Director / Principal Investigator
Dr. Amanpreet Badhwar is an Assistant Professor at the University of Montreal, Faculty of Medicine, Department of Pharmacology and Physiology, and a Principal Investigator at the Centre de recherche de l'Institut universitaire de gériatrie de Montréal (CRIUGM). She is a member of the Canadian Consortium on Neurodegeneration in Aging (CCNA). She is also actively engaged in several committees of the International Organization for Human Brain Mapping.
From the undergraduate to postdoctoral level, Dr. Badhwar’s path has been to study neurological disease by combining different data types, starting with small-scale genetics and brain imaging early in her career, and progressively moving to “big data” in Alzheimer’s disease (AD). Dr. Badhwar’s multi-institutional PhD work under the supervision of Professor Edith Hamel at McGill University combined the themes of multimodal research (neuroimaging, proteomics, and measures of neurovascular coupling), to tease apart the contributions of neuronal and cerebrovascular damage on cognitive dysfunction in AD, and the impact of drug treatment on these components.
Elements of Dr. Badhwar’s postdoctoral work with Professor Pierre Bellec sought to characterize the heterogeneity in AD cohorts using resting-state functional MRI connectivity, an emerging biomarker of synaptic or network dysfunction in AD. These investigations contributed to the understanding of connectivity measures in AD from three different perspectives: group-level connectivity, connectivity subtypes, and individual connectivity fingerprint.
Another important aspect of Dr. Badhwar’s postdoctoral work was focused on establishing a biomarker roadmap for the Canadian Consortium for Neurodegeneration in Aging, where she and her colleagues proposed an analytic framework for generating multiomics biomarkers from imaging, genomics, metabolomics and other modalities.
Dr. Badhwar has held several prestigious scholarships over the years, and was recently awarded the Chercheur-boursier Junior 1 from the Fonds de recherche du Québec.
Natasha joins Dr Badhwar’s MIND Lab from the UK, where she originally studied Psychology at Cardiff University and was awarded a Masters with Distinction from Swansea University. She is soon to complete her PhD at St George’s University of London, where she used machine learning to find novel signatures of early Alzheimer’s disease (AD) in spoken language, adding to the growing evidence base supporting computational assessment of speech as a biomarker test for disease.
Prior to this Natasha worked clinically and in research, including two years training as a Memory Clinic Psychologist at the Research Institute for the Care of Older People, Bath, UK. A previous winner of the Medical Research Council Max Perutz Science Writing award, Natasha is passionate about science communication. Her research at the MIND lab will use data-driven approaches to study multiomics in AD and other dementias, as a window to understanding and detecting disease.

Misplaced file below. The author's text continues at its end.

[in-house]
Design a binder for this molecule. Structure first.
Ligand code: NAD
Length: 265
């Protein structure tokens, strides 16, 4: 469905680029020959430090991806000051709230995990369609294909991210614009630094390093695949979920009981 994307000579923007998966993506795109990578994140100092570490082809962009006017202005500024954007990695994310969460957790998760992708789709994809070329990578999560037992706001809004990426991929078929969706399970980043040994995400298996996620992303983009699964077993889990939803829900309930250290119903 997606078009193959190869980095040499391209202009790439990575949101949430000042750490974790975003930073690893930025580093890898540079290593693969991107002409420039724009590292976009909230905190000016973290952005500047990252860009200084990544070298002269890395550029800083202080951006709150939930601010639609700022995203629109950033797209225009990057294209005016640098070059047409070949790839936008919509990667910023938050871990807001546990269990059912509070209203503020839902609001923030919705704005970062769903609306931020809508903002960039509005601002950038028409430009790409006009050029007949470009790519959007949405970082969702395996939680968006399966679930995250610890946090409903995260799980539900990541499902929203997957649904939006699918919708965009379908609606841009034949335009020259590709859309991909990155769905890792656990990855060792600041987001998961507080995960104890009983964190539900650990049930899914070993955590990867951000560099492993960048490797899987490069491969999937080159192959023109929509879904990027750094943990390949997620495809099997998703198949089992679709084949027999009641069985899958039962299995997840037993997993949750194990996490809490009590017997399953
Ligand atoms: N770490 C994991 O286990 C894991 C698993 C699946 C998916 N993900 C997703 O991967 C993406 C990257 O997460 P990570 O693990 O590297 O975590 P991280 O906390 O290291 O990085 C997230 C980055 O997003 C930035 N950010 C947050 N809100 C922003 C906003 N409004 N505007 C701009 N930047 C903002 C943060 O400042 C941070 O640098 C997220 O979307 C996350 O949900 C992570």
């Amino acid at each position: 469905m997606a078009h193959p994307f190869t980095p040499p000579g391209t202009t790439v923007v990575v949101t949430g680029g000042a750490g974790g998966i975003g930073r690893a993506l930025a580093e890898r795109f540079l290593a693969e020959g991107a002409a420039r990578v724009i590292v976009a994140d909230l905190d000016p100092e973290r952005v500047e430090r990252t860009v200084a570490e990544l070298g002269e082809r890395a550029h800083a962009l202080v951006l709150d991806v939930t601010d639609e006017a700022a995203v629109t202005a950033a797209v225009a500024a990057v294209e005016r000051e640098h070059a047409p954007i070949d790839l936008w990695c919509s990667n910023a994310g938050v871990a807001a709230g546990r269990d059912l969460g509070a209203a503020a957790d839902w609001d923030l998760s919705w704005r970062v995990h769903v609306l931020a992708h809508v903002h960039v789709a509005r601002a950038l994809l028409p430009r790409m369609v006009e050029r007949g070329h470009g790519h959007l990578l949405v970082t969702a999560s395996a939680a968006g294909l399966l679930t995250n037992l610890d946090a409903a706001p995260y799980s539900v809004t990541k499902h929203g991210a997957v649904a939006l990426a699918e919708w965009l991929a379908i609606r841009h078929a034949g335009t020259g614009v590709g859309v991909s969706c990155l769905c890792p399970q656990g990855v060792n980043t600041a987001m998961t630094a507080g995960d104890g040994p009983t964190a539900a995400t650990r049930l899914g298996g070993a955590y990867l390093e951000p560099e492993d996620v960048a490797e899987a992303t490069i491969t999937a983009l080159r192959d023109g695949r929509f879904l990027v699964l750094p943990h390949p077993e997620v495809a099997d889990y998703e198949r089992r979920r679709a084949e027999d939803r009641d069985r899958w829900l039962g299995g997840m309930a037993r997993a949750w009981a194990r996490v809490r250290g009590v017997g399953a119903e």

Sabrina Loudjani is an undergraduate student at the University of Montreal, doing a major in biomedical sciences. She is very interested in conducting research in brain diseases, such as Alzheimer disease. Since 2018, Sabrina has conducted multiple internships under the supervision of Dr. AmanPreet Badhwar. With great passion and enthusiasm, she hopes to continue growing as a scientist in this field.
Steven is a student at the Engineering School of Centrale of Lyon in Machine Learning, Robotic, Probabilities and Statistics and Optimization. In parallel, he obtained his Licence in Mathematics at Claude Bernard University in Lyon, especially on Linear Algebra and Functional Analysis. He also took courses on the architecture and evolution of eukaryotic and prokaryotic genomes at Ecole Normale Supérieure of Lyon.
Recently, Steven also completed an internship at INSERM, on the study of a heterogeneous body by ultrasound echography by measuring delay aberrations. Thanks to the Mitacs Globalink scholarship, he joins Dr. Badhwar’s team during his gap year.
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Active or Long-term Collaborators
Antonio Nanci, University of Montreal, Montreal
Arsalan Haqqani, National Research Council of Canada, Ottawa
Danica Stanimirovic, National Research Council of Canada, Ottawa
David Rudko, Montreal Neurological Institute, McGill University, Montreal
Edith Hamel, Montreal Neurological Institute, McGill University, Montreal
Howard Chertkow, Baycrest Health Sciences and the Rotman Research Institute, Toronto
Jamie Near, Douglas Hospital Research Centre, McGill University, Montreal
Louis Collins, Montreal Neurological Institute, McGill University, Montreal
Miroslava Cuperlovic-Culf, National Research Council of Canada, Ottawa
Natasha Rajah, Douglas Hospital Research Centre, McGill University, Montreal
Pedro Rosa-Neto, Douglas Hospital Research Centre, McGill University, Montreal
Pierre Bellec, CRIUGM, University of Montreal, Montreal
Pierre Haddad, University of Montreal, Montreal
Ravi Rungta, University of Montreal, Montreal
Roger Dixon, University of Alberta, Edmonton
Simon Duchesne, Université Laval, Quebec City
Simona Brambati, CRIUGM, University of Montreal, Montreal
Serge Gauthier, Douglas Hospital Research Centre, McGill University, Montreal
Sridar Narayanan, Montreal Neurological Institute, McGill University, Montreal
Steffany Bennet, University of Ottawa, Ottawa
Athina Tzovara, University of Bern, Switzerland
Dan Lloyd, Trinity College, USA
Daniel Margulies, Institut de Cerveau et de la Moelle épinière-Paris, France
Felix Hoffstaedter, Forschungszentrum Jülich, Germany
Hien Nguyen, La Trobe University, Australia
Lucina Uddin, University of Miami, USA
Thomas Hinault, Inserm, France